The Creation of a Martyr: David’s Death of Marat and Great Man History

Media outlets are often accused of partisanship and interest groups run video ads but the kind of direct relationship between the artist and politics is usually seen as one of commentary rather than true propaganda in the modern context. However, before the advent of new technologies the mediums of the artist and the medium of political messaging often overlap. Oil paintings are no longer a primary means of dispersing propagandistic messages but during the French Revolution, as well as in the centuries before, fine art was a viable medium for dispersing political messages. And like the oil painting Thomas Carlyle’s Great Men of History theory is part of an academic culture that has come and gone. But propaganda never represents the true extent of the historical period it comes out of and in the case of Jacques Louis David’s Death of Marat painting the narrow focus of Carlyle’s theory and David’s message overlap.

David’s The Death of Marat is an ode to propaganda, not only was it painted to rally people around the death of a prominent revolutionary figure, but that figure was also part of the propaganda machine. Marat was a printer who was killed in part because of what he printed, and David includes this aspect as a central part of his painting. The corpse of Marat as David depicts it is still clutching the letter that was used to gain his assassin access, the letter that requested his protection is shown alongside the papers of Marat’s regular work. By celebrating Marat as a revolutionary hero David is also celebrating the revolutionary propagandist. David himself had, or at least developed, an understanding of the power of propaganda when he was thrown in prison during the later part of the revolution before eventually becoming a painter for Napoleon. The Death of Marat painting is a masterwork that captures the place of propagandists in David’s experience of the French Revolution and the depiction of Marat is tailored to reinforce this perception with the viewer.

Thomas Carlyle’s Great Man theory is now a theory of the past that has been set aside for a more comprehensive view of history, but its framework is useful when considering a work like David’s Death of Marat. The current view of history is much more complex with its consideration of social context, but great man theory does apply well when examining the ways in which martyr figures are used in propaganda. The idea of the martyr is that they have died in service of some great cause and propaganda often celebrates these figures as essential to that cause: asking the viewer to step up and fill the revolutionary shoes of the person who died. This is the kind of emphasis on  single person that the is central to Carlyle’s understanding of history which rests on the shoulders of individuals of extraordinary ability. So, while Great Man theory may be an idea of the past in terms of history it is a view which can be easily applied to David’s painting of Marat following his death during the French revolution.

Beyond David’s choice of which figure to depict, his neoclassical style continues to reinforce Marat’s position as a great hero of the revolution. Marat is shown in his bath because he had a skin condition that forced him to spend a great deal of time in the water resulting the unusual location of his death, but that disfiguring condition is not at all visible in David’s painting. Instead the body is shown as smooth and almost marble like, harkening back to the statues of antiquity. So, while the David doesn’t change the location of Marat’s assassination, he does refuse to depict the reason that the printer was at work in his bath. Instead the smooth appearance associates Marat with the heroes of the classical world who were the subjects of other, older, works. It is not just the representation of Marat that creates the neoclassical feel, David has also chosen to place the bath and table in an otherwise empty formless room. Rather than the elaborate backgrounds of other contemporary styles like rococo there is just a smooth grey expanse behind Marat, softer in the top right to add dramatic lighting. David’s Marat is a fallen hero who’s surroundings are far less important than the fact of his death and the viewer’s attention is focused on Marat because of the way David staged the scene.  The propaganda of this painting comes not just from Marat as a martyr of the revolution but also through how David associates his subject with the ideals of classical heroes – the great men of history who were still celebrated during David’s time.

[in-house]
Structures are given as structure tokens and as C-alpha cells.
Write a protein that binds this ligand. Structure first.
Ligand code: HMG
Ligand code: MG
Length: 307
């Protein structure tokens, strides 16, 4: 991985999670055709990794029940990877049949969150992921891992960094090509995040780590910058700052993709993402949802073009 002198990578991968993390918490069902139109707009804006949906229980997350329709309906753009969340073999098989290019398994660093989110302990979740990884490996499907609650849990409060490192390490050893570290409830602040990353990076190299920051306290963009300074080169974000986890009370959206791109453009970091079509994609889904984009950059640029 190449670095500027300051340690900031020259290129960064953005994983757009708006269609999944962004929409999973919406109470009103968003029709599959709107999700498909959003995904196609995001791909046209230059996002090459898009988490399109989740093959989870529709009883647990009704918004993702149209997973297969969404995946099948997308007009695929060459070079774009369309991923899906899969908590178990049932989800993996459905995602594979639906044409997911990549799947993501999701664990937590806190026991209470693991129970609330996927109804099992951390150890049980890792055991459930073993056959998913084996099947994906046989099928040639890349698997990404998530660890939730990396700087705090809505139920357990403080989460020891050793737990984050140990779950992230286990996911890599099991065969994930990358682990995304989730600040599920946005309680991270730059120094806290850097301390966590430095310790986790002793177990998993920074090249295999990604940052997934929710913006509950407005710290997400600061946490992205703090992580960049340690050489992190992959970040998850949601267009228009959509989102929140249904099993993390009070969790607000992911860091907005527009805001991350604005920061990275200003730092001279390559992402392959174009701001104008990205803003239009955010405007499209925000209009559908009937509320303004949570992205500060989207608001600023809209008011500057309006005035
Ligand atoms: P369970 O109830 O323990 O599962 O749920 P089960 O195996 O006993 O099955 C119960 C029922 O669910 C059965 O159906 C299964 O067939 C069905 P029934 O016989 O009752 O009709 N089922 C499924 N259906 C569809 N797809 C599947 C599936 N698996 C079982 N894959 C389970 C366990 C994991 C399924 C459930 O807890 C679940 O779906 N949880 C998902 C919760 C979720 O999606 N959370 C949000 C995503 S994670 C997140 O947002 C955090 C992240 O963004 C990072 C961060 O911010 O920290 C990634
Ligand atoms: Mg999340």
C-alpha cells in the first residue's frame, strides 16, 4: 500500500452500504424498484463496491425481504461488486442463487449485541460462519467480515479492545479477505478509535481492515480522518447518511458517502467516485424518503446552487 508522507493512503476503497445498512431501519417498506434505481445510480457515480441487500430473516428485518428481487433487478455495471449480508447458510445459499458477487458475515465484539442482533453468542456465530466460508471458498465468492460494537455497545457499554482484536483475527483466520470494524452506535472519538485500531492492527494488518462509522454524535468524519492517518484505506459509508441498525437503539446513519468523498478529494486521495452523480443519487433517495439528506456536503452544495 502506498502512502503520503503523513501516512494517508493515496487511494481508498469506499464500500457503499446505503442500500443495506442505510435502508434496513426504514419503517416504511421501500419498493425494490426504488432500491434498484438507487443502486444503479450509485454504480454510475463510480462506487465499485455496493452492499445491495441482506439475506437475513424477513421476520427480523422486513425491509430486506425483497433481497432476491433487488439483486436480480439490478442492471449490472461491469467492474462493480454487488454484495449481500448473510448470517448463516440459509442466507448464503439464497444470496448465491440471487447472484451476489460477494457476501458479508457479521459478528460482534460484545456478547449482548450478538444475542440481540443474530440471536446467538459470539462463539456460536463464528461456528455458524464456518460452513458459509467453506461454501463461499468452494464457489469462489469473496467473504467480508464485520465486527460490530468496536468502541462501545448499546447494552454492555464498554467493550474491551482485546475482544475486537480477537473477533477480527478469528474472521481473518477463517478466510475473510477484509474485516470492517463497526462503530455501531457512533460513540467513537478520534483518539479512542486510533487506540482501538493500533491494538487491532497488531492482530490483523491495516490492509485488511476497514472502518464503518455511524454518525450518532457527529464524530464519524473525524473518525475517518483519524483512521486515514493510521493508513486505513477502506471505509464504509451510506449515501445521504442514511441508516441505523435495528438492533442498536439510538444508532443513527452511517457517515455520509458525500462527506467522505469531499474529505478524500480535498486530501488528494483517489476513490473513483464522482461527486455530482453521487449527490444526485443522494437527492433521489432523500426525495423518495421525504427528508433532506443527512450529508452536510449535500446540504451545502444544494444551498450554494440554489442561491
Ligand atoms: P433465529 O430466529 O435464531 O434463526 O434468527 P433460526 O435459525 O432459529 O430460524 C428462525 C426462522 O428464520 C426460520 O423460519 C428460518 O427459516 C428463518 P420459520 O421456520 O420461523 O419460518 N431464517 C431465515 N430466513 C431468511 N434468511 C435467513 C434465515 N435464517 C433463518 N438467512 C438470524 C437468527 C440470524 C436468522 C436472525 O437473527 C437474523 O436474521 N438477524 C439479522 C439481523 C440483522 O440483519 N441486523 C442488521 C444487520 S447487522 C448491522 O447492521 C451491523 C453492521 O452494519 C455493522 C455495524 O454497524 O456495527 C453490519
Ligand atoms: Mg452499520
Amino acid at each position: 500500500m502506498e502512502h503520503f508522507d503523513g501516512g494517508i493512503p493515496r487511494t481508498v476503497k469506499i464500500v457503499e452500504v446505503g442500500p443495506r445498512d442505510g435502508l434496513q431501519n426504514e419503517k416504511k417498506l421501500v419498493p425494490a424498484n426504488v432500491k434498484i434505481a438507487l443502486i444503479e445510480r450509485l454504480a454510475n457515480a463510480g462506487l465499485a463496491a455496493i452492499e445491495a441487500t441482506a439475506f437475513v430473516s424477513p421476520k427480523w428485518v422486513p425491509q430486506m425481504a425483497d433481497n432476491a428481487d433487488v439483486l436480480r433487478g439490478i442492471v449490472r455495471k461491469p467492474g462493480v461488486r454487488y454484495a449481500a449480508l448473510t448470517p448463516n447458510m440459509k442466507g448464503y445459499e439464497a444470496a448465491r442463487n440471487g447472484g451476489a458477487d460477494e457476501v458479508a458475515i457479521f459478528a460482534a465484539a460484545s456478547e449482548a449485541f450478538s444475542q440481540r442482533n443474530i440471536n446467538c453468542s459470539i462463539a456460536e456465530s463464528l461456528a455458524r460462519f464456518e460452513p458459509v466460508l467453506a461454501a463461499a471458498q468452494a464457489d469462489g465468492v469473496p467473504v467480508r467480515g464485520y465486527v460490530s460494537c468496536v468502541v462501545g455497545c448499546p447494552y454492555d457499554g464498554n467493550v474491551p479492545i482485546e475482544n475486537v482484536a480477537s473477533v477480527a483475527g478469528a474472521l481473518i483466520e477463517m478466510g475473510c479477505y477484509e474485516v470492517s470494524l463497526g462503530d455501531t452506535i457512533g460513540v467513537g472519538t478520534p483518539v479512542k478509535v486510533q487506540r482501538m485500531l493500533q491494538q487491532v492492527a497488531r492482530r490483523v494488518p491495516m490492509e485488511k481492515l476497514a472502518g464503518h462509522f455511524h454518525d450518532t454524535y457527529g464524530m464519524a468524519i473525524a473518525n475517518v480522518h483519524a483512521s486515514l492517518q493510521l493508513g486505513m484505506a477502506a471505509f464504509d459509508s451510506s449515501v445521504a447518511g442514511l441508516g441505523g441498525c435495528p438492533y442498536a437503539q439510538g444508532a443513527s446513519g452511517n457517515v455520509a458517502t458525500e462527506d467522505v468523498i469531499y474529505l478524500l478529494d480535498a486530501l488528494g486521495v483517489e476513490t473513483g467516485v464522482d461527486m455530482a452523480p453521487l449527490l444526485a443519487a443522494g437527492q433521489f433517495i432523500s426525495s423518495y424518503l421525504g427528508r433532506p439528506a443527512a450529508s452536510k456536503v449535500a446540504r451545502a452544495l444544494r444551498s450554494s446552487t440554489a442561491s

Carlyle’s interpretation of history may have been abandoned in the actual study of history, and rightly so, but the narrow focus on singular heroes fits with many of the strategies of propaganda. David’s Death of Marat painting is a propaganda piece that sets up Marat as a martyr of the revolution in order to further its ideals. Not only that but Marat was involved in the revolution as a printer and as such he was a part of the propaganda machine. This is the kind of singular individual effort that Carlyle is trying to capture in his theory and while Great Man History is restrictive and rather elitist it is the view of history that results in paintings like The Death of Marat.  Looking at pieces of propaganda often times hides the way history actually happened, but it does show the ways in which those in positions of power wanted their work to be viewed.

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